Crowdsourcing And #Linkedinfail

Whoops! LinkedIn thought it would crowdsource the translation of its site into other languages, so it sent out a survey to LinkedIn members who listed their occupation as “translator.”

“What type of incentive would you expect for translating LinkedIn’s site?” the survey asked.

The multiple-choice responses? Did not include “money.” Nor did the responses include “dinero,” “moolah,” or even “dolla dolla bills.”

thanks to @morrick for the screenshot

The response was pretty intense, as one could expect. The New York Times reports that some Linkedin translators created a group, Translators against Crowdsourcing by Commercial Businesses. It’s on now. There’s even a #LinkedInfail tag now.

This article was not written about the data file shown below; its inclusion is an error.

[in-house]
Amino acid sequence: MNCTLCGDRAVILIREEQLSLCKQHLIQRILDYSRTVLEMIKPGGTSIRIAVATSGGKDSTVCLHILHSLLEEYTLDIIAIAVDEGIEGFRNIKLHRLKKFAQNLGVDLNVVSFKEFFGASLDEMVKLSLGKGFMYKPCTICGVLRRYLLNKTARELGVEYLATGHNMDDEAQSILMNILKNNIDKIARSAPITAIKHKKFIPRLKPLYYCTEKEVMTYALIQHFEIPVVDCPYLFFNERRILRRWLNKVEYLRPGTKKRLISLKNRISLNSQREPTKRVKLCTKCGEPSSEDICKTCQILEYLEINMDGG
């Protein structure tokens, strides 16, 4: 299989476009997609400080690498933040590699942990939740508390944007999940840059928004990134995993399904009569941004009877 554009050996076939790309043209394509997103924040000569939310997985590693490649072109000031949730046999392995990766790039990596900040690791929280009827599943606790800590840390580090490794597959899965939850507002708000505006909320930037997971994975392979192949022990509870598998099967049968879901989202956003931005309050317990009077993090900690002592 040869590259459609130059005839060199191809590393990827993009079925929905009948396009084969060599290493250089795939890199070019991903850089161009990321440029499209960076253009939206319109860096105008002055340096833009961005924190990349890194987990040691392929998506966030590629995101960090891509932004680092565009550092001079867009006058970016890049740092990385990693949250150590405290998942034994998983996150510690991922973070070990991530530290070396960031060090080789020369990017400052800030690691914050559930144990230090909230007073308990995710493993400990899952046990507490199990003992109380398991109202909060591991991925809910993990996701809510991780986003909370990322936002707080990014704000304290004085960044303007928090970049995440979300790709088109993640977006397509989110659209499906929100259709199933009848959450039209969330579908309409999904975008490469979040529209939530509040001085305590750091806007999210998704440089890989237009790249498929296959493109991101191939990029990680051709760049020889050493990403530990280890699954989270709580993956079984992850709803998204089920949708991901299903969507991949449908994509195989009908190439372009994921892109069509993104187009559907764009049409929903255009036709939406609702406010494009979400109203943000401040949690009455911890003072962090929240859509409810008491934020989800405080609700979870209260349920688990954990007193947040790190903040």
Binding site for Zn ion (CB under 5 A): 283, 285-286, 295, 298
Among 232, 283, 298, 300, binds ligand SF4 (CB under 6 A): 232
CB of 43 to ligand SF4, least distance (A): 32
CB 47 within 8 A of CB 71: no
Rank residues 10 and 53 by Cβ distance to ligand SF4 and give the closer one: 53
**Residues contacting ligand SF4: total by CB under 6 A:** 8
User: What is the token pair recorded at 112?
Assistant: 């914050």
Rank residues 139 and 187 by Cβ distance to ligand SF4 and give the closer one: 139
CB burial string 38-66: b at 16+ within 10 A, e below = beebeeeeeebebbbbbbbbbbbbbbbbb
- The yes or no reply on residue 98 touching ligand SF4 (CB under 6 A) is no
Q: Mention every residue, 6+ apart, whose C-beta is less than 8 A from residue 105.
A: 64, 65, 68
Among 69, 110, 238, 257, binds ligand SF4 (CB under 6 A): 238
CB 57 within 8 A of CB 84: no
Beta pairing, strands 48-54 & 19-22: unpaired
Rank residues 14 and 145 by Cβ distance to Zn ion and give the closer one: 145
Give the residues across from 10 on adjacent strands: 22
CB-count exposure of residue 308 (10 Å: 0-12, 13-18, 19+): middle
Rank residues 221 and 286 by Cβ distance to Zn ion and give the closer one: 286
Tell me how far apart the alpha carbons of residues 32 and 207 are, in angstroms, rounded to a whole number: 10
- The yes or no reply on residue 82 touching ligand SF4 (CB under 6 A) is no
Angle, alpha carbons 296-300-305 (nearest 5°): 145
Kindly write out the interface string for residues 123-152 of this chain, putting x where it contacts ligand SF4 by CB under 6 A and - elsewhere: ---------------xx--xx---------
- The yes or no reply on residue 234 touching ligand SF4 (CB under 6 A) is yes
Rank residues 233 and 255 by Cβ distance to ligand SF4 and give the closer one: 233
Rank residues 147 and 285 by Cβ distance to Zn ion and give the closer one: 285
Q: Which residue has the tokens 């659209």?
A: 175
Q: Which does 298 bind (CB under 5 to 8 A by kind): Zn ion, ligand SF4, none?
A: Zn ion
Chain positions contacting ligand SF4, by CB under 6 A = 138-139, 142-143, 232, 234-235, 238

The NYT found LinkedIn’s response:

Nico Posner, the LinkedIn product manager who circulated the survey, declined to be interviewed but in a post to [the Linkedin] group wrote that the survey was not asking translators to volunteer per se. He said he was trying to find out whether they would consider “crowd sourcing,” borrowing the term applied to companies like Wikipedia that rely on volunteers’ collective wisdom.


What, pray tell, is the difference between working for free and crowdsourcing?